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Author: ptheland Big gold star, 5000 posts Feste Award Nominee! Old School Fool Add to my Favorite Fools Ignore this person (you won't see their posts anymore) Number: of 6623  
Subject: New user Date: 7/6/2012 6:46 PM
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I've been thinking about giving some flavor of Linux a shot for quite some time now, and finally took the plunge. I bought a mini-PC for Home Theater use, and it came with Ubuntu pre-loaded. (A Zotac Zbox ID41 for the morbidly curious.)

I was hoping this would be an easy re-introduction to the *nix world for me. I used a Unix machine many moons ago (about 20 years or so, if I must confess), and taught myself a bit about using it. And since things were already installed, I figured I'd not have to get involved in any of the setup stuff. After all, wouldn't a company at least have their box ready to go so the user would have a good experience?

I guess the answer to that is "no". The initial setup was pretty easy. Just plug in, power on and pick a username and password. But the proverbial *nix stability just isn't there for me.

Perhaps I'm expecting the wrong kind of stability. I'll admit the machine hasn't crashed or done anything like that. But I'm constantly having to fiddle with it.

For example, I get it all set so it plays ripped DVDs with nice surround sound through an optical connection to my audio system. The next day, my son turns it on and has no sound at all. So that night, I fiddle and fiddle and fiddle, and finally get plain old stereo working. Figuring that's good enough to keep the kid happy, I turn it off and go to bed.

The next day, son turns it all on and has no sound. Again. So I fiddle a bunch and get it back. Guess what? Another phone call at work and no sound again. So I ditch the audio system and get a plain stereo cord to run the sound through the TV instead of the audio system. I figure that should cut out a boat load of problems.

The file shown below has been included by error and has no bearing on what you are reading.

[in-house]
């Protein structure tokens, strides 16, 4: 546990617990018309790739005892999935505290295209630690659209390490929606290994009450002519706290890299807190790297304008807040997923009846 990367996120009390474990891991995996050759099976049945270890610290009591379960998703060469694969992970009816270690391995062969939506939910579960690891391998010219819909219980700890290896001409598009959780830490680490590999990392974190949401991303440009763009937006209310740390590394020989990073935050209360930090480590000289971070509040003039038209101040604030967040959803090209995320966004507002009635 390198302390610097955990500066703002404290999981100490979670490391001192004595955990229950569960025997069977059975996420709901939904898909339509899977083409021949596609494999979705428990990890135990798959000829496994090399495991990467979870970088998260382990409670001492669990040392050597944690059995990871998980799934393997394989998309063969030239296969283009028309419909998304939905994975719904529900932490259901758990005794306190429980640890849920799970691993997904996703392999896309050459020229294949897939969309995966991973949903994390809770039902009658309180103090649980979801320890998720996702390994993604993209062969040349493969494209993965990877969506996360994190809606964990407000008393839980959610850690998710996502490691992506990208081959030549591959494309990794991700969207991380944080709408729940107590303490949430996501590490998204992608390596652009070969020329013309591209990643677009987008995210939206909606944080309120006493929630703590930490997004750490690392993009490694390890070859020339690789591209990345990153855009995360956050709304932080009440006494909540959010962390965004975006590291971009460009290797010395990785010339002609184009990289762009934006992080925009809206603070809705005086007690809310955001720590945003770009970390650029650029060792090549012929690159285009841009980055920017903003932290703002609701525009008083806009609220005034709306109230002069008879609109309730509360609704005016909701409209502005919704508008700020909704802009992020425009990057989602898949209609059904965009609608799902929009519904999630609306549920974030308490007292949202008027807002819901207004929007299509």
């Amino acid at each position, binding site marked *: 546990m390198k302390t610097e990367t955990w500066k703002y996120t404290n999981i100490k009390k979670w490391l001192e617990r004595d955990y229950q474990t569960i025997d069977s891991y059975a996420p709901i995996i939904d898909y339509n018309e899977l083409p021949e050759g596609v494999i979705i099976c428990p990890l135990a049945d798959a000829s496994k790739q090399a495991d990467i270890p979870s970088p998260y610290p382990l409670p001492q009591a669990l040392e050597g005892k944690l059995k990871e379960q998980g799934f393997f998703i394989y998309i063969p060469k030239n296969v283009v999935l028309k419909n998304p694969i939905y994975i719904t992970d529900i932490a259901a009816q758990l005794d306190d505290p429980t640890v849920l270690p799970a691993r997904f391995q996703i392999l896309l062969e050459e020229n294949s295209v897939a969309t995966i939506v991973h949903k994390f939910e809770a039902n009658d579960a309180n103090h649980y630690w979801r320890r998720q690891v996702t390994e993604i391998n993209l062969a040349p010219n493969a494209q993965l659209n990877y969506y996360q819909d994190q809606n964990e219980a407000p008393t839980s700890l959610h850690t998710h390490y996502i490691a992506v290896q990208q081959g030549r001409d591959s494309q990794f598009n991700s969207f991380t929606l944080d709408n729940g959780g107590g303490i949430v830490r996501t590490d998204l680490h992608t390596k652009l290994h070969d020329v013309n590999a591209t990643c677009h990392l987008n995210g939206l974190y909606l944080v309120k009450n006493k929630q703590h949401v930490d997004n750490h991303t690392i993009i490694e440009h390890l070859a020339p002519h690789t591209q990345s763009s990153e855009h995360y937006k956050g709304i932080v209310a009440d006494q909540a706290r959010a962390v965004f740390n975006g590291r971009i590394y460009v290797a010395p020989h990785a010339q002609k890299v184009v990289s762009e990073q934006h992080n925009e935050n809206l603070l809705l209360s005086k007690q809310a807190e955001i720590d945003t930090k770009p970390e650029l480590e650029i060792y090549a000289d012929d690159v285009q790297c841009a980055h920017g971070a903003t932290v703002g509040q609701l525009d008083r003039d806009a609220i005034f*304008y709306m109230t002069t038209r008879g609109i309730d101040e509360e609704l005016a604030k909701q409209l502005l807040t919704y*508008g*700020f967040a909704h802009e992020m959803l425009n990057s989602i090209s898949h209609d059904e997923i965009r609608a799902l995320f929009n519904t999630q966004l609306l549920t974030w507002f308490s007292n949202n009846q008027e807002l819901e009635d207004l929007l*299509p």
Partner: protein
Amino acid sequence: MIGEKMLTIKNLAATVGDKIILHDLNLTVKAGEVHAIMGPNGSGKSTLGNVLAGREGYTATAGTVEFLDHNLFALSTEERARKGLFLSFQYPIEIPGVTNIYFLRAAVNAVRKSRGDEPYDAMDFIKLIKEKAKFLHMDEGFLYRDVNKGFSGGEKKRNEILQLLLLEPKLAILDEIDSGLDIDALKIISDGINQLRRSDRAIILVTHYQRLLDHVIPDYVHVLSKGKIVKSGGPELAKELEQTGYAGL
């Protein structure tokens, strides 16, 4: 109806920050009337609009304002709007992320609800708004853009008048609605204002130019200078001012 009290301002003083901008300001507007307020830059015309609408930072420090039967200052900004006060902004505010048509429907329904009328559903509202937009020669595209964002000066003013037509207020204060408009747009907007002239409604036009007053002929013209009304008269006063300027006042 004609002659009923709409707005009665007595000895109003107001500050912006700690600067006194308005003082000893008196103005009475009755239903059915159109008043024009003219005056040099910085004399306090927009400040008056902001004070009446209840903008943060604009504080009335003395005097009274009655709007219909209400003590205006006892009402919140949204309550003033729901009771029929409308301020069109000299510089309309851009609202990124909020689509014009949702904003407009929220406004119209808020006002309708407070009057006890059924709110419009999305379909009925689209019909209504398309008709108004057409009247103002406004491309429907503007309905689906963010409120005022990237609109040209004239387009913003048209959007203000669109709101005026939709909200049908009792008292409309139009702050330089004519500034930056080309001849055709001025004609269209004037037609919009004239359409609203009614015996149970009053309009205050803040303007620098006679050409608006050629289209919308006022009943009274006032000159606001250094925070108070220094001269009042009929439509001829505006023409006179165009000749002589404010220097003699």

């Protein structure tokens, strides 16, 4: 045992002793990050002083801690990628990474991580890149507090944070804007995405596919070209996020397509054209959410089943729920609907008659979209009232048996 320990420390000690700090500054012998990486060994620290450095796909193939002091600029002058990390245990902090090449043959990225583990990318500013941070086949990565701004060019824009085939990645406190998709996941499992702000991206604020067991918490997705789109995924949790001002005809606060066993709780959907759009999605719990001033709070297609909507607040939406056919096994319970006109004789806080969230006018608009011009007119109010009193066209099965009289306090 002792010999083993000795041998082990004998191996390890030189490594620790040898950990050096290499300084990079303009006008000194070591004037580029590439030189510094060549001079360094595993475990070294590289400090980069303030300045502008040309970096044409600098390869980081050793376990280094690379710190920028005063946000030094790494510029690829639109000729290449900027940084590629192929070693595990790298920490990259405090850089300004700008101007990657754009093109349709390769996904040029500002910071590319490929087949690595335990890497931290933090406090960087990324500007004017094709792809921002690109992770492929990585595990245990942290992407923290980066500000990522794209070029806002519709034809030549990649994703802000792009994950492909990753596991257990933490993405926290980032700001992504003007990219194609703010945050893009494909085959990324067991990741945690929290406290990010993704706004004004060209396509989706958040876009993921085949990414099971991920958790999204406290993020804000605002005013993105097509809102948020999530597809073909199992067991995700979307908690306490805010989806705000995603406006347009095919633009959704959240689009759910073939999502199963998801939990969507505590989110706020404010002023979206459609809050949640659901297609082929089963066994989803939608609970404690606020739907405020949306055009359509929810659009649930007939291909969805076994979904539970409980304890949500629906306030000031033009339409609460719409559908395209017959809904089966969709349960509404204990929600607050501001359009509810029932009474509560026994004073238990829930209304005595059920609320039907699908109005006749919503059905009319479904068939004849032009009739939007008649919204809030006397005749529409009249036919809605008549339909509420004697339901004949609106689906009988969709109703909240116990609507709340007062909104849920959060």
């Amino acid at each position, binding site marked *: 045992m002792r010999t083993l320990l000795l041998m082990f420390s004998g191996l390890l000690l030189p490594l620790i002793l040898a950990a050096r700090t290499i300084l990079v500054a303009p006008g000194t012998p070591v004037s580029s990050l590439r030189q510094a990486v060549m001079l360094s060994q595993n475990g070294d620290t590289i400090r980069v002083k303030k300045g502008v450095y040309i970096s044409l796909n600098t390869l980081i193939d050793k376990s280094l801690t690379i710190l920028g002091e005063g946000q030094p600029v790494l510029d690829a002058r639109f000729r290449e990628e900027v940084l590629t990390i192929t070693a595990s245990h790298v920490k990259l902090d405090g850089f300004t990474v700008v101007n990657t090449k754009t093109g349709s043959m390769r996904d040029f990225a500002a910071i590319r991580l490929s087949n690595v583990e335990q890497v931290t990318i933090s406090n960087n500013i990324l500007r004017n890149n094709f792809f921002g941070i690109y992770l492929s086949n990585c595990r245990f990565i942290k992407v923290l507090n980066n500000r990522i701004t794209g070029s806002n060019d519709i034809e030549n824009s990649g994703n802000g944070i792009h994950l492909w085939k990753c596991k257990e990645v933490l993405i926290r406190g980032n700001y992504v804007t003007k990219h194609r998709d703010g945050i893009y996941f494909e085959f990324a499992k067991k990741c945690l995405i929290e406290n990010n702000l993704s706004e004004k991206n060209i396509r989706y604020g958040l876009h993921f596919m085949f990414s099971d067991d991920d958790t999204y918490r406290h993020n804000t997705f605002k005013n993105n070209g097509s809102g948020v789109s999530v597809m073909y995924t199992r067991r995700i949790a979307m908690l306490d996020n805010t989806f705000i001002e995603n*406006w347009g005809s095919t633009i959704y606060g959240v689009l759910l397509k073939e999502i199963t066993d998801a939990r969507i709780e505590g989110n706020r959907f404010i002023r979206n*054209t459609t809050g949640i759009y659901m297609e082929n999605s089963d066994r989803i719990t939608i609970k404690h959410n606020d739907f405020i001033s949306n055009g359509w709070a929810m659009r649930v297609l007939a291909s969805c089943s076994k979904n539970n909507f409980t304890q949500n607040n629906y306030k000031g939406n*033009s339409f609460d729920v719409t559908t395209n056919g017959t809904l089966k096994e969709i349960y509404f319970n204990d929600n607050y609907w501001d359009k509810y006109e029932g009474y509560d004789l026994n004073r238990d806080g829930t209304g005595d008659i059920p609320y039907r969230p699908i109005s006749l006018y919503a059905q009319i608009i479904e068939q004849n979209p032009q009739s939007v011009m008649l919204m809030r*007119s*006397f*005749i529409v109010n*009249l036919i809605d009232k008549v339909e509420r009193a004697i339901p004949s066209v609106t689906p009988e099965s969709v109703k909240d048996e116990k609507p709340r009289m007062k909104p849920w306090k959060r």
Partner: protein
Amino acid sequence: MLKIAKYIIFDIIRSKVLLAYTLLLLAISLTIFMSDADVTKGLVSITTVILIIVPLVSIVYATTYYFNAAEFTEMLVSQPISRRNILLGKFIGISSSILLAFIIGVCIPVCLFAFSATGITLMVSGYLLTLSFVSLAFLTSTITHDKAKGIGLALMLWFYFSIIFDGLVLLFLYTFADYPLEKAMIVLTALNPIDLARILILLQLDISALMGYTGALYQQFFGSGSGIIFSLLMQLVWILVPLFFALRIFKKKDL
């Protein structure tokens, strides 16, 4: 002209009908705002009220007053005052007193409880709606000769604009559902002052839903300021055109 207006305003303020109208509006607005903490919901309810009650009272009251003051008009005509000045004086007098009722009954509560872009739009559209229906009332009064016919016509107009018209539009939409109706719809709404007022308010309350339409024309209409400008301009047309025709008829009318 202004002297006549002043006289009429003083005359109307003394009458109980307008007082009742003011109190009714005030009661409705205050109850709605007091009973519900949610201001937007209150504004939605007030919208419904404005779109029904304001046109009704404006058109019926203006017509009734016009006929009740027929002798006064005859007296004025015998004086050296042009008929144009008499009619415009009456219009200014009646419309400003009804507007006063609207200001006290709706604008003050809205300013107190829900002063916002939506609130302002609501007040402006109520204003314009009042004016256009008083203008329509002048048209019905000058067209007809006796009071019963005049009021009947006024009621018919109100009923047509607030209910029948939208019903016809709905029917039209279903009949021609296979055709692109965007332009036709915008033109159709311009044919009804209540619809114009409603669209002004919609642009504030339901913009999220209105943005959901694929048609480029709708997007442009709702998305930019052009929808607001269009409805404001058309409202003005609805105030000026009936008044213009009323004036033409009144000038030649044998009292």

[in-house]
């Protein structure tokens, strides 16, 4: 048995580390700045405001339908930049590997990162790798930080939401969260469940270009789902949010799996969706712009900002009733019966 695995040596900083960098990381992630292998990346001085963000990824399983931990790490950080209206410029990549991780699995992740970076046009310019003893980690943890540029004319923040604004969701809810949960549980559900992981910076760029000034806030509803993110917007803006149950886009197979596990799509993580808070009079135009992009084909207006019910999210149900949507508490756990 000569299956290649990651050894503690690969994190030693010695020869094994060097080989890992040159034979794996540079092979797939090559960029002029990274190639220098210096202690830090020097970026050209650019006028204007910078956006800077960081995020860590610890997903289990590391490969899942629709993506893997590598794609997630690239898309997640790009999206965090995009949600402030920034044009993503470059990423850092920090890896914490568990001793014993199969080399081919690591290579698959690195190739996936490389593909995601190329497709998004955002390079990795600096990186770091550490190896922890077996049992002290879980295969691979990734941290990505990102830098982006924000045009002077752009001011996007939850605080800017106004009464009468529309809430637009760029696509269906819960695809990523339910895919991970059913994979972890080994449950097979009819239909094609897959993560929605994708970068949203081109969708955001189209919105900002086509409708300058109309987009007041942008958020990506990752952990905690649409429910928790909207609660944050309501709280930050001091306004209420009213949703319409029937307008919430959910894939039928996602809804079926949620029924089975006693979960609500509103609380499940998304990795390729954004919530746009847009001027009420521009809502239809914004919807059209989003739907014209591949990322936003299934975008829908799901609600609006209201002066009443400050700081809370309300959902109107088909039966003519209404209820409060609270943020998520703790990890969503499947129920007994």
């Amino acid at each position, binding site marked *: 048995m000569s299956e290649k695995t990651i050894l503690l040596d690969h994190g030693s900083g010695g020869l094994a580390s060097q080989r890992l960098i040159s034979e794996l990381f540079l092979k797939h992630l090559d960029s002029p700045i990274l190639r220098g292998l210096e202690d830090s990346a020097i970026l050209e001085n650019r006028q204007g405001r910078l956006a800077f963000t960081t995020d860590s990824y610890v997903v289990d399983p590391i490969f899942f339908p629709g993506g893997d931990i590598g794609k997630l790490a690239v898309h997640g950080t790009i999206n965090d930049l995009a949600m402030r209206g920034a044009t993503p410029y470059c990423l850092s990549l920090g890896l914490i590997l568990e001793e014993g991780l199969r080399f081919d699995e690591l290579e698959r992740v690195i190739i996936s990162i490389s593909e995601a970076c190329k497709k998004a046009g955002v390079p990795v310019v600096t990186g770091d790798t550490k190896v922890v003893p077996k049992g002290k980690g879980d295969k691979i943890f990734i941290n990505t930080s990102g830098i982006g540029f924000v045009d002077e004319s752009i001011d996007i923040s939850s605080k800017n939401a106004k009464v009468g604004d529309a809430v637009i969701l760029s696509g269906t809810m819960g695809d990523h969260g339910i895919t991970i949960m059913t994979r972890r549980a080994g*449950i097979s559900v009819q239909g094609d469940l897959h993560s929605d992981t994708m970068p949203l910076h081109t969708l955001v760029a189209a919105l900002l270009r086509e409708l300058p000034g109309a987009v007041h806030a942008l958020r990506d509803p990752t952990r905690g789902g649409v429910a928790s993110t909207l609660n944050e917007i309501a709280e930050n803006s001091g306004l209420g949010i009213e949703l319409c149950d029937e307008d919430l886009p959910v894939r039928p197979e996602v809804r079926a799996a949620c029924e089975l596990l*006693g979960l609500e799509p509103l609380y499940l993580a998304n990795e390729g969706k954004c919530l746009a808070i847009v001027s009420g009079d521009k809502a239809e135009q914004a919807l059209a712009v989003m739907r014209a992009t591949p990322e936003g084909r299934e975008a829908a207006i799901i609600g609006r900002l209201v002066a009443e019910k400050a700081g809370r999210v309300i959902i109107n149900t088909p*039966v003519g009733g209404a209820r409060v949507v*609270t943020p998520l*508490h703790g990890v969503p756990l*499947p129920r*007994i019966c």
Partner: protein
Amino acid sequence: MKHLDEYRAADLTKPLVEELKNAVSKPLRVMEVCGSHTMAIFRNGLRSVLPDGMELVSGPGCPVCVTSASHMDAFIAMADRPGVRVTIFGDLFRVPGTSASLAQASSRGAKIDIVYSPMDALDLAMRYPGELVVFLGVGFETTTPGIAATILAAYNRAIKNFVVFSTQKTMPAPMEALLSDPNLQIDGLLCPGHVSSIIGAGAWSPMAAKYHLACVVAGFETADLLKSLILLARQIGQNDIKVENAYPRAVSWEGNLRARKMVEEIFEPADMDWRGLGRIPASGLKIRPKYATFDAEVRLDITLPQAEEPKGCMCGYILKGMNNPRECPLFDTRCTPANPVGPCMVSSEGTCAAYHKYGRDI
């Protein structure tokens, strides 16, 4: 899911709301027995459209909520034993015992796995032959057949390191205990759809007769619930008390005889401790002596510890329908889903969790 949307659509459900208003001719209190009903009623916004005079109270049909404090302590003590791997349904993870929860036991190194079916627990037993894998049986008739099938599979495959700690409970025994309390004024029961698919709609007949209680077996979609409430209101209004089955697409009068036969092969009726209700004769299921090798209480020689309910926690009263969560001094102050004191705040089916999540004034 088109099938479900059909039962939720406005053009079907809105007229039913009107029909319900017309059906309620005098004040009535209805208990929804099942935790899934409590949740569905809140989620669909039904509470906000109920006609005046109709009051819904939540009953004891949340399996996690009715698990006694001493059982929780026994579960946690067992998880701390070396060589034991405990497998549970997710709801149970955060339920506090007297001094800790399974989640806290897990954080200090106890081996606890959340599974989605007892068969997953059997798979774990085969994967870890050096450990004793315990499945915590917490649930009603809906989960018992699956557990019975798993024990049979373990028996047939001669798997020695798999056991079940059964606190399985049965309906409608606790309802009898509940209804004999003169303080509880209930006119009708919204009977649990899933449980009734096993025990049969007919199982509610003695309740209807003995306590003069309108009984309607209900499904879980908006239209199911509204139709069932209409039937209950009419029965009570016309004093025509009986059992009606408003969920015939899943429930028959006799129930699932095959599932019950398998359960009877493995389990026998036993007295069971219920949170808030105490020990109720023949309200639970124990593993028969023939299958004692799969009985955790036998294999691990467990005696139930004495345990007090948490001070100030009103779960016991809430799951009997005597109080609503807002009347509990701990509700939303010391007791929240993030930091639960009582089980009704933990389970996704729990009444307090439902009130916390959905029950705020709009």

So I drop that cable in, fiddle with the system until I get sound going to the TV and then - in a flash of insight - I jot down all of the settings I'm using. For the 3rd night in a row, I drop into bed at 1 am, having spent a couple of hours playing with - and cursing at - the TV and computer.

Today? Yep. No sound. When I get home tonight, I'll take one more look at it. At least the fiddling should be at a minimum, as I just need to check that all of the various settings are where I left them.

But that's what is annoying me. Why don't things stay where I left them? I'm not expecting an answer - as I don't yet really know if anything has changed. But at least this time I have a written record of what was working. If anything has changed, I'll know.

Sorry for the rambling - I really just needed to vent.

But I do have a question that might have an answer. Is there anything out there that would serve to "lock" everything on a Linux system? In the Windows world, there's a handy program called Deep Freeze that locks down an installation. You can make changes, but they're only temporary - a reboot puts them all back. Unfortunately, they don't have a *nix version, just Windows and Mac. I can't guarantee that my son isn't changing things. But if he were, I find it highly unlikely that he'd always be changing the audio system and only the audio system. A kid randomly playing with it would break something different each time, don't you think?

At any rate, so far I'm unimpressed. But I still want to learn and give this a try. I suspect its reasonably likely that the problem is with this user and not the software.

--Peter
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